OVER 100 million Filipinos or almost the entire country’s population today will be living in urban areas or cities in 2050, according to the World Bank.
In a blog, World Bank urban geographer Sarah Elizabeth Antos and consultant Yimin Zhou said 102 million Filipinos will live in cities—a figure that is estimated to be double the number today.
The experts said in the Philippines, majority or 70 percent of urban local government units (LGUs) are planning for smart cities to accommodate these Filipinos.
“While national government agencies and LGUs’ enthusiasm and commitment towards smart city transitions are plausible, the journey faces significant challenges. Success requires a structured, collaborative approach involving various stakeholders,” the experts said.
The experts said 61 percent of the country’s LGUs have smart city projects in progress, and 56 percent already have policies to support the development of smart cities.
However, the experts said based on 59 percent of LGUs, their challenges pointed to a lack of digital infrastructure and systems as a challenge while another 57 percent of these LGUs noted that their challenges are focused on the technical competencies and manpower shortage.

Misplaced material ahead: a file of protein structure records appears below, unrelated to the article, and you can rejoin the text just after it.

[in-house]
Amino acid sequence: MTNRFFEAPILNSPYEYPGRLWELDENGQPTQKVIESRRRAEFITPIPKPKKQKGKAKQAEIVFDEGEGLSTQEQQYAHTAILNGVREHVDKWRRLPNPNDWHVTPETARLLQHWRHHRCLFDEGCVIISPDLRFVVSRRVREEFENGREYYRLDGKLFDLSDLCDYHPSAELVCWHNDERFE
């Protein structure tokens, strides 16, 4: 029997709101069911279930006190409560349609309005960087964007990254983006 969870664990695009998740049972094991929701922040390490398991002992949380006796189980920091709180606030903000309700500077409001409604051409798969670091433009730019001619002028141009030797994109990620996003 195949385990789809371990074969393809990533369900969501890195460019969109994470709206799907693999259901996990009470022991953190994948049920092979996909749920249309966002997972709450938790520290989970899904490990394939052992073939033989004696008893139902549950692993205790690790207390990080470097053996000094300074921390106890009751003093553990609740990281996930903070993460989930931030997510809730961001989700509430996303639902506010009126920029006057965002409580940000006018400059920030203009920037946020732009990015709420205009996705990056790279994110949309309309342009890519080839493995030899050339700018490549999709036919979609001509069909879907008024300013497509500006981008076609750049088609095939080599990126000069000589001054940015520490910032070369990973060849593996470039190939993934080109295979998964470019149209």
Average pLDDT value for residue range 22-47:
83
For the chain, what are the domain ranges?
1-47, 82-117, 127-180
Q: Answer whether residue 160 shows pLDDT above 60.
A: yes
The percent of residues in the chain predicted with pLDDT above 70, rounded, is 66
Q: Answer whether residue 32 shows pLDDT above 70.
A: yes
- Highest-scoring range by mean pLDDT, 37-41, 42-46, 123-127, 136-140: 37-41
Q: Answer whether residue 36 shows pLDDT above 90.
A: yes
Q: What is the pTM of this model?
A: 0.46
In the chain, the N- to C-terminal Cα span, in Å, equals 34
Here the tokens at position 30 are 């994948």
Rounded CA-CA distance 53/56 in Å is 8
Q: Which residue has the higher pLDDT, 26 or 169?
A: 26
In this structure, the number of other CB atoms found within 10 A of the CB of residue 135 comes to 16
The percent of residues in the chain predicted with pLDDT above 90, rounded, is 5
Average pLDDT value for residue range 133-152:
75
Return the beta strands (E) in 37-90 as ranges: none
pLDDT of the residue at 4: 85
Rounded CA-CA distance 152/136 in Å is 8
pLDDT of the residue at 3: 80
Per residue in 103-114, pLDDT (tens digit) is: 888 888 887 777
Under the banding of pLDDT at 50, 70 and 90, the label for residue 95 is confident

The experts also said 67 percent of the respondents consider resources a concern. Nonetheless, they said 72 percent of LGUs have allocated budgets to support smart city projects.
Antos and Zhou said LGUs had also noted the collaboration is the foundation of success for smart city transitions. A significant 56 percent of LGUs have existing institutional support or partnerships for smart city implementation.
The experts said the support mainly comes from the national government, according to 63 percent of LGUs; 18 percent cited the private sector support. However, they said there is a gap in terms of collaborations with the academe.
“Key elements include ongoing support from funding bodies, building strong technical skills, and partnering with academia. Tailoring technologies to the Filipino urban context is essential for sustainable and inclusive solutions,” the experts said.
In 2022, the Philippine Institute for Development Studies (PIDS) said the lack of interoperability of data systems is another major challenge in smart cities.
The researchers also identified changes in administration as a challenge in building smart cities, since new administrations could overturn smart city policies.
The PIDS researchers said funds are crucial in building smart cities because investments are needed to upgrade equipment like computers, closed-circuit television cameras, and high-tech sensors.
They added that installing faster and more stable internet connection as well as hiring and training ICT staff to support all the technical systems would require significant investment.